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Jeff Luhnow didn’t have to do anything for the Astros to make the postseason in 2017. As it stands they have a 15-game lead in the American League West with a little more than 50 games remaining. Barring a major collapse, the Astros will make the playoffs.

But to win the pennant and advance to the World Series they could have used a little bit of help. They tried to get it. They tried and thought they had succeeded. But a failed deal with the Orioles for 2016 Cy Young finalist Zach Britton, and a second failed deal for an unnamed player, left them with Francisco Liriano and false promises.

Details have emerged on the failed deals and the consensus is pretty simple among insiders: the Astros got too attached to their prospects.

“The explanation for the Astros coming up empty is more about their longstanding stance on their top prospects, others insist,” Jon Heyman of FanRag Sports reported. “They just weren’t willing to surrender their top prospects in some cases, rival execs said. ‘The Astros had the (young) players to make a deal,’ said one other rival GM. ‘They have a good farm system.'”

Ken Rosenthal suggested the same thing: “The Astros’ failures at the deadline were not for lack of effort. But they made six to seven prospects off-limits in discussions for Britton and Padres left-hander Brad Hand, sources said.”

So when the Astros thought they had a deal for Britton only to get it nixed after medicals were exchanged it begs the questions: If the Astros were trying to deal players with medical questions were they simply trying to pawn off players in an effort to outsmart their trade partners? Does that really qualify as trying to get a deal done?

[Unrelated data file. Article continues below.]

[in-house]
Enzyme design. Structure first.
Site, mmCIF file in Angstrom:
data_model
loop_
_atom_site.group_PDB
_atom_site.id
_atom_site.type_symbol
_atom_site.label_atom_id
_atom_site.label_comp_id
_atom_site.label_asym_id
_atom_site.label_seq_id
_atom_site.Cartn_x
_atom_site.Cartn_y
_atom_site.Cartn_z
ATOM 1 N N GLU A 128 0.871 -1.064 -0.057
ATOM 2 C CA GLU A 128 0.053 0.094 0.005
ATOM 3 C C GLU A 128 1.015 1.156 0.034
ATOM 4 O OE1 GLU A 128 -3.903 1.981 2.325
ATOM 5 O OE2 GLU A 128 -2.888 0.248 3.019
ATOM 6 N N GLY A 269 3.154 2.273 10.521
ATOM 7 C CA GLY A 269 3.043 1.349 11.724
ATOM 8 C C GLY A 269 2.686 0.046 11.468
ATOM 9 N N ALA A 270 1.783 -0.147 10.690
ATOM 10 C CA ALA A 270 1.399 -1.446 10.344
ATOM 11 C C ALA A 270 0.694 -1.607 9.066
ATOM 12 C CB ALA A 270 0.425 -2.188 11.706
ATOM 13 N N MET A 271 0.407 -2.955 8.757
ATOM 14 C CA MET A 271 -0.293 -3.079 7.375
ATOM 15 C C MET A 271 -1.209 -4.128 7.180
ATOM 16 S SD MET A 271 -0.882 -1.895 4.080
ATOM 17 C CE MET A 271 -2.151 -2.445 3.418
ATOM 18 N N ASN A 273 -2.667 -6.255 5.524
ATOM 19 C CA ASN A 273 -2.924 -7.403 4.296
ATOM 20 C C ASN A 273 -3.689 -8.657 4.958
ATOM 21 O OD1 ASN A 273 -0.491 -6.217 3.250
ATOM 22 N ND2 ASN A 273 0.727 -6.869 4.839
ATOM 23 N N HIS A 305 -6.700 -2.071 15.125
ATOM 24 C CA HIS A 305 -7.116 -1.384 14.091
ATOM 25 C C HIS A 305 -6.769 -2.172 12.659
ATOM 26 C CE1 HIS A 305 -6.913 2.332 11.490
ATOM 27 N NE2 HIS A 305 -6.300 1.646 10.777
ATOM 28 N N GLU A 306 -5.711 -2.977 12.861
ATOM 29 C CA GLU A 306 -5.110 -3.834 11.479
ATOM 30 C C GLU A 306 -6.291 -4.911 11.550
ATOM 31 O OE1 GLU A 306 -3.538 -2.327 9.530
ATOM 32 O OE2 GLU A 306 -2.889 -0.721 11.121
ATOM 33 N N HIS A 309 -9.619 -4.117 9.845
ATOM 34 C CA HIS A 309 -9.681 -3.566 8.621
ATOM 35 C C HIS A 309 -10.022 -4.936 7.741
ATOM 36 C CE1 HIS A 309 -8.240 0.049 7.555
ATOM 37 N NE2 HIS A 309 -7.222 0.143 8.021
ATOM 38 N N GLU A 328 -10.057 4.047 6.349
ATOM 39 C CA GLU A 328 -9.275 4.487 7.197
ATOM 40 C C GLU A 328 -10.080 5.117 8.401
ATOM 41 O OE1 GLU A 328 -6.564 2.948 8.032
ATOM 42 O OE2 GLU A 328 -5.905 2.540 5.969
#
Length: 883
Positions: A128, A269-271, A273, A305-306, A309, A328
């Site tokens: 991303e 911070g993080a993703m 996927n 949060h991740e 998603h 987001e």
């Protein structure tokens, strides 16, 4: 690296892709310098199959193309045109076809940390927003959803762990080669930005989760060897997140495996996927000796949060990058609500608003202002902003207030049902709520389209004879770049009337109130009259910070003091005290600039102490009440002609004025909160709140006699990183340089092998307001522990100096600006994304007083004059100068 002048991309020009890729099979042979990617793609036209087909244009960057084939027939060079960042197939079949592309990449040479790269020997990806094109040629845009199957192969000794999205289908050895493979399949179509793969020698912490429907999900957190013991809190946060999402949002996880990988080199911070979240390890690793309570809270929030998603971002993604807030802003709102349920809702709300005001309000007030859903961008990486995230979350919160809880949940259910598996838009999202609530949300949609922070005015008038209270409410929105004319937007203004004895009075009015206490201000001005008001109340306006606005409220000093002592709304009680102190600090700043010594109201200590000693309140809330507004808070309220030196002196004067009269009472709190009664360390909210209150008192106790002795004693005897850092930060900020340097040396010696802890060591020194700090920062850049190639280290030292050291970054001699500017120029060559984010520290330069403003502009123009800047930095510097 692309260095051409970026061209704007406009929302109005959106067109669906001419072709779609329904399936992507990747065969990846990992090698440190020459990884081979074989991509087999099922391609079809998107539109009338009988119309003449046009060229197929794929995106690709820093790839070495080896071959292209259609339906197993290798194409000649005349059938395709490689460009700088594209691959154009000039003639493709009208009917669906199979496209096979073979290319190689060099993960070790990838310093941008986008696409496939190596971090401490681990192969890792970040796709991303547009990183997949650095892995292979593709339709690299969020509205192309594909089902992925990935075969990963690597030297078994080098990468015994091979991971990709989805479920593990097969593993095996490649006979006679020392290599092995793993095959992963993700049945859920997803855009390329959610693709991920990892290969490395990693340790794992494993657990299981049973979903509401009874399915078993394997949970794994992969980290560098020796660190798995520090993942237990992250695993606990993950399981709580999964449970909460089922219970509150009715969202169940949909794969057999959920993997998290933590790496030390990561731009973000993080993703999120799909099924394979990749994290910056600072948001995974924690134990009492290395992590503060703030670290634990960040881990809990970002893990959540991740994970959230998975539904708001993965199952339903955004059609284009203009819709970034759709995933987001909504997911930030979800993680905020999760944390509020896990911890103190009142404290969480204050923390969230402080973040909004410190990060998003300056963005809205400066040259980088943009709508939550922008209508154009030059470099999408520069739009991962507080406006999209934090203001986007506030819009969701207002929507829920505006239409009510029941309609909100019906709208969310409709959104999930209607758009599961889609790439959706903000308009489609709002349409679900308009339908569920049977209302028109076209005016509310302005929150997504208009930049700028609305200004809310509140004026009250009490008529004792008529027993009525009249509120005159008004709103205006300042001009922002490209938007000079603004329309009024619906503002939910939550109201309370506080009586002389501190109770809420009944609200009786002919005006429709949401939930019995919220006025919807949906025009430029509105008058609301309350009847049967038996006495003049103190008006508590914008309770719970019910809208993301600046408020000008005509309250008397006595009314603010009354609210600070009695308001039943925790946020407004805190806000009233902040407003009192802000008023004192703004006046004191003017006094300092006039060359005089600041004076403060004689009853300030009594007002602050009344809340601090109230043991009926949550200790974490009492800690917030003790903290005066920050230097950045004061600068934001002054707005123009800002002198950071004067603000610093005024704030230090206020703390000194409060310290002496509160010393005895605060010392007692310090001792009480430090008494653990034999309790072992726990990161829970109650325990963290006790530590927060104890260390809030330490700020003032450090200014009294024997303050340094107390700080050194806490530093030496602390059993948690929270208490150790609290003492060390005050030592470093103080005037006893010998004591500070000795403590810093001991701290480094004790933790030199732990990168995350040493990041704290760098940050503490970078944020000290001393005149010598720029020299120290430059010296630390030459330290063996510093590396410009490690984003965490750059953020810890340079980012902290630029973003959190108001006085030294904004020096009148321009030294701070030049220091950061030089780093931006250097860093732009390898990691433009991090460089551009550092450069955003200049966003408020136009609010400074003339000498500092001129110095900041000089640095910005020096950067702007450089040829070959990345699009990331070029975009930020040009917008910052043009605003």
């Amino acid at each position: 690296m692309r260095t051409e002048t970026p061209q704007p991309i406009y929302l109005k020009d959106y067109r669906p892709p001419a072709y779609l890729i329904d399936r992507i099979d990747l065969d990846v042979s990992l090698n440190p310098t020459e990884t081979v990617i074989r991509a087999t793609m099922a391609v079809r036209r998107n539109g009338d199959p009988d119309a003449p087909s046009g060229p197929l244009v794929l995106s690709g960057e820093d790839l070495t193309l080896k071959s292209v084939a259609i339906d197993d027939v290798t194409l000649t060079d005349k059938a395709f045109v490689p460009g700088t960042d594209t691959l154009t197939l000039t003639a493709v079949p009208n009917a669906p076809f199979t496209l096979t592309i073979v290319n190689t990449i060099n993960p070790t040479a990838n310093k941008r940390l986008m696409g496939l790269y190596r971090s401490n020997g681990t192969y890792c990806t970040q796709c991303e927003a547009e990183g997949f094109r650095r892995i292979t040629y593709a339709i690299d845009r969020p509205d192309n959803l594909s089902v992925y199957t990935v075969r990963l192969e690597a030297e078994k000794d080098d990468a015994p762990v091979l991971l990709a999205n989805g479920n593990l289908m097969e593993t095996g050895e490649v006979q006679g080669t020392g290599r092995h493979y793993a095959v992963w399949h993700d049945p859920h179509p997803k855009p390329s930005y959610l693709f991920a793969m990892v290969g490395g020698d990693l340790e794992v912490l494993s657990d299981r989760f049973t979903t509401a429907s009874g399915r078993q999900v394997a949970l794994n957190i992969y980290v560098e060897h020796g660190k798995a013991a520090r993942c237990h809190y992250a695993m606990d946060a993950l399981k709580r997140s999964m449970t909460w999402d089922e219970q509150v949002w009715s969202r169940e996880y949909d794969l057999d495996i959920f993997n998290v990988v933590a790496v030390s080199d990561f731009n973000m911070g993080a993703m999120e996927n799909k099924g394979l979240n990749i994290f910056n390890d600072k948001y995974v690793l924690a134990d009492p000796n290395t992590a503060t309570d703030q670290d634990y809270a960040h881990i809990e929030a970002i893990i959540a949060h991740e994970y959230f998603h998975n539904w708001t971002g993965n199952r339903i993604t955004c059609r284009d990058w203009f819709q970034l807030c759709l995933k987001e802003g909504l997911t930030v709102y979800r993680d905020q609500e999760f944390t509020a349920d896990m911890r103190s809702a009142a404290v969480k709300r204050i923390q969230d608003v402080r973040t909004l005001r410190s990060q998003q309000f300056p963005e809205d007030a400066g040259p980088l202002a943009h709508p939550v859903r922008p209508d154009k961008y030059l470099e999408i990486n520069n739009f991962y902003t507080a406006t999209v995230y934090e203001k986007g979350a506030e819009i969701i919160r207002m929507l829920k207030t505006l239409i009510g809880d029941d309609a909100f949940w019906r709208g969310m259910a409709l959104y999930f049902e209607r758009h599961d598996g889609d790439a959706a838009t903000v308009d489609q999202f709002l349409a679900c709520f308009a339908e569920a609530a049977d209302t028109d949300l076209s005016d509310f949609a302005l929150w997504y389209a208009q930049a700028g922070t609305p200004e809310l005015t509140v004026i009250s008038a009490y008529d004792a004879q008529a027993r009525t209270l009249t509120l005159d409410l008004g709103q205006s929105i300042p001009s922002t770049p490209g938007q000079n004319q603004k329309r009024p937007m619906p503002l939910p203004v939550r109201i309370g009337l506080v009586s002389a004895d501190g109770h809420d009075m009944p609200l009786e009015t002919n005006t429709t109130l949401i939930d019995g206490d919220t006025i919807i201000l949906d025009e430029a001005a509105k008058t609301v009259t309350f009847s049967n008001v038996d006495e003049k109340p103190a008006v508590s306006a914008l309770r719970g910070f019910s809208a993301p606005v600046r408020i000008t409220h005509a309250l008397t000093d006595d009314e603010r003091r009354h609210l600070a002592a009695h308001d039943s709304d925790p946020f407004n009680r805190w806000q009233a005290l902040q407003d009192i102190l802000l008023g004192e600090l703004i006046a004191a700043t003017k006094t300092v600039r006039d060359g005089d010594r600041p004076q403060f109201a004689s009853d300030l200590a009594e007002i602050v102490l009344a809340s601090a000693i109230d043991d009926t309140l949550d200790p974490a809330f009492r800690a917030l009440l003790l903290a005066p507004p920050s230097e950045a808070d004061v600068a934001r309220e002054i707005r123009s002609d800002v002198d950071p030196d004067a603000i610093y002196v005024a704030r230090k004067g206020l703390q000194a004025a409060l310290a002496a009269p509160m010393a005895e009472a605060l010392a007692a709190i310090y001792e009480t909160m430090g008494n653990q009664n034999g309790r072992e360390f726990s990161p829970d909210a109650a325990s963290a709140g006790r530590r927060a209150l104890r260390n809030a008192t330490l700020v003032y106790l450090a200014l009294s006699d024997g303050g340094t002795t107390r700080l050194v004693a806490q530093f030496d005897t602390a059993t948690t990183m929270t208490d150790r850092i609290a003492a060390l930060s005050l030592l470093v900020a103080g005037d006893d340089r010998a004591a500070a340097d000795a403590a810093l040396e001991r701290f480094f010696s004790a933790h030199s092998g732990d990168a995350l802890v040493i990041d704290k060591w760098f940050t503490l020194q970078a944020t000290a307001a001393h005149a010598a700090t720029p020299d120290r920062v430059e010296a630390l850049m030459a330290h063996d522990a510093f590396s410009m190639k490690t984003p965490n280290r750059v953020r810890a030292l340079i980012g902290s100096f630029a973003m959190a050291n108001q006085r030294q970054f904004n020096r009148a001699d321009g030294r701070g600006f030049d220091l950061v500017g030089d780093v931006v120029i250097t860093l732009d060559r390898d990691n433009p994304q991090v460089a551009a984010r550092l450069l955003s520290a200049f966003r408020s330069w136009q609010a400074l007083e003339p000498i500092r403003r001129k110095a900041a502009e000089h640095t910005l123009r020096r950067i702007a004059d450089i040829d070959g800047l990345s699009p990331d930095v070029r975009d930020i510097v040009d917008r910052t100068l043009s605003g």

Owner Jim Crane certainly wasn’t happy about deals not getting done and one in particular that got nixed.

“We had a couple of other deals on the plate,” he told ESPN 97.5 Radio in Houston. “They were agreed on in principle. Then medicals were exchanged and they got vetoed at the top.”

The problem, though, is that multiple sources have said the deal for Britton with the Orioles never got to the top. This could have been in reference to another trade. So why again would Houston, knowing the Orioles were willing to trade Britton, not offer a good enough deal to get it brought to the owner of the team? If this was another deal why wouldn’t they go all-in on a trade that could help them win a World Series?

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Orioles closer Zach Britton sets AL record with latest save

The Astros didn’t get help at the deadline beyond Liriano (who tossed 1/3 of an inning allowing a hit, a walk and a run in his debut Thursday), and it looks like they were trying a lot harder to outsmart teams than boost their World Series prospects.

Dallas Keuchel said to call the trade deadline a ‘disappointment’ was an understatement. After the reported details how the Astros approached the deadline, it’s hard to argue with him.

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